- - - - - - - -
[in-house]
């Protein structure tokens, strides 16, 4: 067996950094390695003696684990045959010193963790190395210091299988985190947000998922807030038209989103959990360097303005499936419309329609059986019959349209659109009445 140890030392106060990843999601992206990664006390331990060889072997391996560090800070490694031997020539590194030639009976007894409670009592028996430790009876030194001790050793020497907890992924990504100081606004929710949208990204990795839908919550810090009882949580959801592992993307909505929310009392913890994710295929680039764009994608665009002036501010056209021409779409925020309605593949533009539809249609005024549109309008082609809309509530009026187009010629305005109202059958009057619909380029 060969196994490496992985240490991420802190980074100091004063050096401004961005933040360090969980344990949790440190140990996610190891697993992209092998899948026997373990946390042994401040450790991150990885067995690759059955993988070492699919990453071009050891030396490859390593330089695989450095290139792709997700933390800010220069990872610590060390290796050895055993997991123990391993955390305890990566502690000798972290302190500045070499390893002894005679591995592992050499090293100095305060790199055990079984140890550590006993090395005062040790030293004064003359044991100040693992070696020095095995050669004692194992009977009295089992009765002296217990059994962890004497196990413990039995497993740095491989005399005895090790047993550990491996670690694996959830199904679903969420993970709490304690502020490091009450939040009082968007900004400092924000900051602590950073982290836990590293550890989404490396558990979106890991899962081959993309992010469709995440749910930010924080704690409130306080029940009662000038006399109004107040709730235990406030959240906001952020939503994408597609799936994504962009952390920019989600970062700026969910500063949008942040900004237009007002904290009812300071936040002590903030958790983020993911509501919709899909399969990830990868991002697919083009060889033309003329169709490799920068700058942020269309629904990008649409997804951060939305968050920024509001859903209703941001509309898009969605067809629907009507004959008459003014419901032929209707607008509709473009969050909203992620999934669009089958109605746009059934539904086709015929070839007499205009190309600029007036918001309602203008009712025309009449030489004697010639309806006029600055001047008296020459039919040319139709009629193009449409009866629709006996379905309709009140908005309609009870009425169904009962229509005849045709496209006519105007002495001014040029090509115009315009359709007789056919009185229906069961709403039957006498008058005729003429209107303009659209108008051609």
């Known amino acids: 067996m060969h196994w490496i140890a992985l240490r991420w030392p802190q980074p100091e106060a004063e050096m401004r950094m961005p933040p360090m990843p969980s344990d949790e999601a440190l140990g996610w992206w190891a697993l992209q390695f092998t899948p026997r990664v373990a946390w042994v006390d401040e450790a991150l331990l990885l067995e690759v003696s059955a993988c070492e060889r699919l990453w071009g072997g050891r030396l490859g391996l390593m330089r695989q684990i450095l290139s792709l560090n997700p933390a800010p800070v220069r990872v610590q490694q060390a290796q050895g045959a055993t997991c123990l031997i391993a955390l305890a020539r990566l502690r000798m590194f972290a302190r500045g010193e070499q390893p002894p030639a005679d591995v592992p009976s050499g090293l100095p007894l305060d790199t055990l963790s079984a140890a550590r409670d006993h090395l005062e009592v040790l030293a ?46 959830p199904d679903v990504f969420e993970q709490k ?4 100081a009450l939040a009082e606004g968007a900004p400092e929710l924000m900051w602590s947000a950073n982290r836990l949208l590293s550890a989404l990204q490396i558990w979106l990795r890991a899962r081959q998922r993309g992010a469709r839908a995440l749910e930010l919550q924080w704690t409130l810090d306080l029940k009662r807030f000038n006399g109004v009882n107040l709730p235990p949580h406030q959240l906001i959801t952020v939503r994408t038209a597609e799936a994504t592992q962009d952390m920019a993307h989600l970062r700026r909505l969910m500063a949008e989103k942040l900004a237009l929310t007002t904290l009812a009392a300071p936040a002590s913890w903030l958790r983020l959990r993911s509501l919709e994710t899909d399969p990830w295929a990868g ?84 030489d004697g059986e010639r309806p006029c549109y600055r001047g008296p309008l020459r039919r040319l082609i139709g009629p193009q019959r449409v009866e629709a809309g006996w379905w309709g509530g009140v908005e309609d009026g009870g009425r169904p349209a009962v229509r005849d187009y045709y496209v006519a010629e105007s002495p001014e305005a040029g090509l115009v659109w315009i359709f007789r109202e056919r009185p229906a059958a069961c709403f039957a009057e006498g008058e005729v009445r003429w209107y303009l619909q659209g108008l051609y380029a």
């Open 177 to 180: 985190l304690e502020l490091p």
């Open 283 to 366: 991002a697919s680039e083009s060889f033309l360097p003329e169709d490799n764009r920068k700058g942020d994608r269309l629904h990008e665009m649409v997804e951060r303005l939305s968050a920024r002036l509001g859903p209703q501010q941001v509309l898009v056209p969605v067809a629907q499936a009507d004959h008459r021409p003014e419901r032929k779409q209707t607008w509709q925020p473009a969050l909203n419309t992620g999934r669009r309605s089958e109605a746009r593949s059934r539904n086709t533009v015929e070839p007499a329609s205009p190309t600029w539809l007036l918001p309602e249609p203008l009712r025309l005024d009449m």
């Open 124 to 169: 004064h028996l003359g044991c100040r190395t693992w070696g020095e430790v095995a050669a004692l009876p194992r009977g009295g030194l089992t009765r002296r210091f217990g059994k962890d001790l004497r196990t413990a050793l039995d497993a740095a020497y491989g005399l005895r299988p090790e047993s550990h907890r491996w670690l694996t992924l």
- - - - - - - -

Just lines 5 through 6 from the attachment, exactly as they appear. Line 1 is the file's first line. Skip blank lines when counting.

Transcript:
């Open 283 to 366: 991002a697919s680039e083009s060889f033309l360097p003329e169709d490799n764009r920068k700058g942020d994608r269309l629904h990008e665009m649409v997804e951060r303005l939305s968050a920024r002036l509001g859903p209703q501010q941001v509309l898009v056209p969605v067809a629907q499936a009507d004959h008459r021409p003014e419901r032929k779409q209707t607008w509709q925020p473009a969050l909203n419309t992620g999934r669009r309605s089958e109605a746009r593949s059934r539904n086709t533009v015929e070839p007499a329609s205009p190309t600029w539809l007036l918001p309602e249609p203008l009712r025309l005024d009449m």
């Open 124 to 169: 004064h028996l003359g044991c100040r190395t693992w070696g020095e430790v095995a050669a004692l009876p194992r009977g009295g030194l089992t009765r002296r210091f217990g059994k962890d001790l004497r196990t413990a050793l039995d497993a740095a020497y491989g005399l005895r299988p090790e047993s550990h907890r491996w670690l694996t992924l």